Wait times could increase with MISSION Act changes, VA IG warns

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When Congress and the president passed the MISSION Act into law, the aim was to increase opportunities for veterans to get medical care -- either through the Department of Veterans Affairs or private providers, paid for by VA -- and cut wait times. 

But even before MISSION launched, replacing the expired Choice Act in June 2019, at least one VA healthcare network was struggling with wait times in referring vets to care outside VA -- with a nearly two-month delay for appointments in 2018, a recent Inspector General report shows. 

The Veterans Integrated Service Network (VISN) 8 is one of the VA’s regional networks of hospitals. VISN 8 cares for patients in Florida, south Georgia, Puerto Rico and the Caribbean. Serving a population of more than 1.6 million patients it referred more than 206,500 of its cases to non-VA community care providers. Those veterans experienced a 56-day wait on average before getting care, the report said. 

With MISSION in full effect, the VA’s Office of the Inspector General (OIG) says it could worsen wait times that's because the number of veterans who may seek private care is expected to increase from 684,000 to more than 3.7 million. 

The problems in 2018 at VA hospitals in Florida, Georgia, Puerto Rico and the Caribbean are not uncommon for the VA nationwide -- mainly a lack of qualified staff to address the issues.  About 39 percent of veterans were being sent to community providers because VA couldn’t provide care in a “timely manner,” the report said. VA staff also could not tell patients what their wait time would be if they chose community care, because the VA network did not share appointment wait times with contracted providers.

Investigators laid much of the blame on Health Net, a VA contractor responsible for at least part of the system’s referral process. Health Net no longer contracts with VA, but even after the two parted ways, the VA network had difficulty with wait times for community care.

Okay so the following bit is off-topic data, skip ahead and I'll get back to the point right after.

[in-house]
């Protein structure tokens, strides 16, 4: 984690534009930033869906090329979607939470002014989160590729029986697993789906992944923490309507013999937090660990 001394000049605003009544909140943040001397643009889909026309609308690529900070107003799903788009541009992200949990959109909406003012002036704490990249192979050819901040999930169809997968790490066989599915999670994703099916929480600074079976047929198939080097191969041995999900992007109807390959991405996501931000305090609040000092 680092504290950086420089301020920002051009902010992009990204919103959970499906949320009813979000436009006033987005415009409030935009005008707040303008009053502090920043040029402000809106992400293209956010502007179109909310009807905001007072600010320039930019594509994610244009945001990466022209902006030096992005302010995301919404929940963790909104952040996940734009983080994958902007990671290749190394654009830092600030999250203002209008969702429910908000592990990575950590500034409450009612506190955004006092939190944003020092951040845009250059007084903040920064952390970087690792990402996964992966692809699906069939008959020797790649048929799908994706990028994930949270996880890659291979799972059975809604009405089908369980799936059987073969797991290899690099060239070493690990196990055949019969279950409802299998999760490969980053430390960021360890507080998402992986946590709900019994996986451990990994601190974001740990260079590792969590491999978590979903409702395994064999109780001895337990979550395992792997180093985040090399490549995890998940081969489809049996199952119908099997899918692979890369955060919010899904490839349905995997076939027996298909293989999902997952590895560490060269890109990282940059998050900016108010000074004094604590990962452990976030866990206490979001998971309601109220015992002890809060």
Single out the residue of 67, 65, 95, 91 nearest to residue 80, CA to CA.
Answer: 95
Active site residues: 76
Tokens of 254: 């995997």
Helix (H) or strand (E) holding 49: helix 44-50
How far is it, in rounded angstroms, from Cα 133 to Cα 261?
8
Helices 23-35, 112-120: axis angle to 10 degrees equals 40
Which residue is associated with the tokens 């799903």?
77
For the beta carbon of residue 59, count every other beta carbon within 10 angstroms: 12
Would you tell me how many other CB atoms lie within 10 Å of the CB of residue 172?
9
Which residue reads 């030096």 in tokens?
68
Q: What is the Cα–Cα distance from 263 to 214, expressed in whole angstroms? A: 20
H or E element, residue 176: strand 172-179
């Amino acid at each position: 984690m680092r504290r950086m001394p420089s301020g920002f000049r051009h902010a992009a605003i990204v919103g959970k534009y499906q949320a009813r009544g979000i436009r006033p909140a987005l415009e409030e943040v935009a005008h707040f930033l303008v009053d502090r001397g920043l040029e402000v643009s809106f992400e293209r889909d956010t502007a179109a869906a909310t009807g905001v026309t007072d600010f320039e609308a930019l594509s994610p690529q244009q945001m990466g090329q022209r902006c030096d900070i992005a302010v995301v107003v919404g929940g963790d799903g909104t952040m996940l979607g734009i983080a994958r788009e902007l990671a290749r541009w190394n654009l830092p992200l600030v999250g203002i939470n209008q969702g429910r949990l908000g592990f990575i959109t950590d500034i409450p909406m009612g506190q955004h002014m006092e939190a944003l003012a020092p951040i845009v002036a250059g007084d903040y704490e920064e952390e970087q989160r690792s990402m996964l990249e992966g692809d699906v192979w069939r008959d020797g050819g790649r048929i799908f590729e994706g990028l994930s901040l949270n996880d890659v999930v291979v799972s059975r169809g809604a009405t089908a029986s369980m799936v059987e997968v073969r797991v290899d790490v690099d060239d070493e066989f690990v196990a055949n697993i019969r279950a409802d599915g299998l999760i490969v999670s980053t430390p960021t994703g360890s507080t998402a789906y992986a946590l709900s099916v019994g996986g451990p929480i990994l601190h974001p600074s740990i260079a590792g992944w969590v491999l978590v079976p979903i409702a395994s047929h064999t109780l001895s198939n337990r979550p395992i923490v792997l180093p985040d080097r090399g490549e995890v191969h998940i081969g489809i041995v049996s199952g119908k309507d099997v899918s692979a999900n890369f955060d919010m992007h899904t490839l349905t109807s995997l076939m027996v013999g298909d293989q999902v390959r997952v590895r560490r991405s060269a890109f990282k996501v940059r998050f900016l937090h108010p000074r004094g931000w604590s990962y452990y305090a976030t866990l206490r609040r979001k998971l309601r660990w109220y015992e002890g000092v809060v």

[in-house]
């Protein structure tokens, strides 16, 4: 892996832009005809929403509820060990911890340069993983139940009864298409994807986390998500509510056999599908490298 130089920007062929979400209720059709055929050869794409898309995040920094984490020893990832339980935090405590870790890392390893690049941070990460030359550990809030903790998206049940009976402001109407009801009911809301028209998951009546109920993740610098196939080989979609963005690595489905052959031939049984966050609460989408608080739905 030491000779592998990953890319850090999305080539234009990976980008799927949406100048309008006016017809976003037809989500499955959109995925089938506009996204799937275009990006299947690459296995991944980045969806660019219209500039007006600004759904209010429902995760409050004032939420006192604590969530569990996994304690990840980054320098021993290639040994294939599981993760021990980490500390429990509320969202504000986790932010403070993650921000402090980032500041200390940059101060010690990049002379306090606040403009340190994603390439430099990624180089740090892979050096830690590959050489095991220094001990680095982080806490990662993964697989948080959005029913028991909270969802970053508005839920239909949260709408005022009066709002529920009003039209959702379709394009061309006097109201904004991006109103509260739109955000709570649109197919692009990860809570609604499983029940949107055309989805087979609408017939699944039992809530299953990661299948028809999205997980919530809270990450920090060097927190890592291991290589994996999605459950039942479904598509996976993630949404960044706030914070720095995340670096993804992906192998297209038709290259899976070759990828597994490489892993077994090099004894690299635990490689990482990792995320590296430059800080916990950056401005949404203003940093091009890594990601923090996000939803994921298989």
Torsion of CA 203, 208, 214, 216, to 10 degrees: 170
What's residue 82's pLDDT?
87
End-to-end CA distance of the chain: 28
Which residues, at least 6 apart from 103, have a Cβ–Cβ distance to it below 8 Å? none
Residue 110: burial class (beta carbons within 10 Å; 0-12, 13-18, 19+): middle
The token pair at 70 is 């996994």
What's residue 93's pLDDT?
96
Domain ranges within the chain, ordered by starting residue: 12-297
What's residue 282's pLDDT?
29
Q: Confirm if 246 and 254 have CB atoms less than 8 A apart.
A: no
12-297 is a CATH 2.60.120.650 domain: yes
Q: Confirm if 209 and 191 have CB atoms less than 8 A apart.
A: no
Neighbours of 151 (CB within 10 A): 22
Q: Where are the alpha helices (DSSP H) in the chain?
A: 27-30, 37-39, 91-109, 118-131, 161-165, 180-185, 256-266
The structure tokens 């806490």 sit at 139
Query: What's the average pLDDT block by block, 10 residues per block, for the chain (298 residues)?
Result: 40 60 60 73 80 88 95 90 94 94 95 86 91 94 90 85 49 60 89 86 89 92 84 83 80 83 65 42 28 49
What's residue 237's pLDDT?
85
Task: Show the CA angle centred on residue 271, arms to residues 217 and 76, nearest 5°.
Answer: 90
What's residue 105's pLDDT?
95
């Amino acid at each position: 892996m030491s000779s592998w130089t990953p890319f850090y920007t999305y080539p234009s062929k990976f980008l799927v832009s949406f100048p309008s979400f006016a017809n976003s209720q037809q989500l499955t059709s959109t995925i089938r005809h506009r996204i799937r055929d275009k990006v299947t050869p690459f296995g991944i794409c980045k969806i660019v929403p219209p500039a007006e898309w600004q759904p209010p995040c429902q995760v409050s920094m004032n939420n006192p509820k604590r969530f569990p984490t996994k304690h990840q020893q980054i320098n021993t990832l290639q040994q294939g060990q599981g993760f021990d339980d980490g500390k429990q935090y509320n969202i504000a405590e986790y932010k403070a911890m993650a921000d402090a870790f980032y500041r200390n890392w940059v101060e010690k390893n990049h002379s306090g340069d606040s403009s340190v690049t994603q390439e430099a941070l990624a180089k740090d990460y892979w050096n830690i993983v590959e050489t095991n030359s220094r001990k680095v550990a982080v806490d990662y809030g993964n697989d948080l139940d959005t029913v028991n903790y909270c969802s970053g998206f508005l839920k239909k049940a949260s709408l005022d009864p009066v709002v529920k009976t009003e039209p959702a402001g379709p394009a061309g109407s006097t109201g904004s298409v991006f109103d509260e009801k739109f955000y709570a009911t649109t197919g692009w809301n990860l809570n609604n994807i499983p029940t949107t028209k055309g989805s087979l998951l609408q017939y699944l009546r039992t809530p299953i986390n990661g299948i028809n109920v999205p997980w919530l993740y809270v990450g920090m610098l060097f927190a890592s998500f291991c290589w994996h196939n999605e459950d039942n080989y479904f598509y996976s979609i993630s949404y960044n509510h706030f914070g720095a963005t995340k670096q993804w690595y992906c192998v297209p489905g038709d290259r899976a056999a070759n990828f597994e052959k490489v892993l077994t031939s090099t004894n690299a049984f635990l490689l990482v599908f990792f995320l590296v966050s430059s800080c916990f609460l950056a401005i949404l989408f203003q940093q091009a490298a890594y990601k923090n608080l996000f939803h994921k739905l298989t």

The staffing issues have been ongoing for years, and investigators found that five out of seven facilities in the area did not have enough administrative staff to handle the workload in 2018. 

The inspector general made several recommendations, including: 

  • Exchanging wait-time data between VA and community care providers;
  • Ensure enough staff to provide care and referrals;
  • Monitor referrals for wait times;
  • Implement plans to address the backlog of appointments and future appointments.

The VA network director agreed with the recommendations and said the network was developing plans to address them. 

VA Sunshine Healthcare Network spokeswoman Mary Kay Rutan told Connecting Vets that the IG report focuses on events from two years ago and highlights that community care providers "had issues getting claims processed through HealthNet." 

The VISN 8 VA network now has an "industry-standard referral and authorization management system" that intends to streamline the process, Rutan said, and VA "no longer does business with HealthNet."

Reach Abbie Bennett: abbie@connectingvets.com or @AbbieRBennett.
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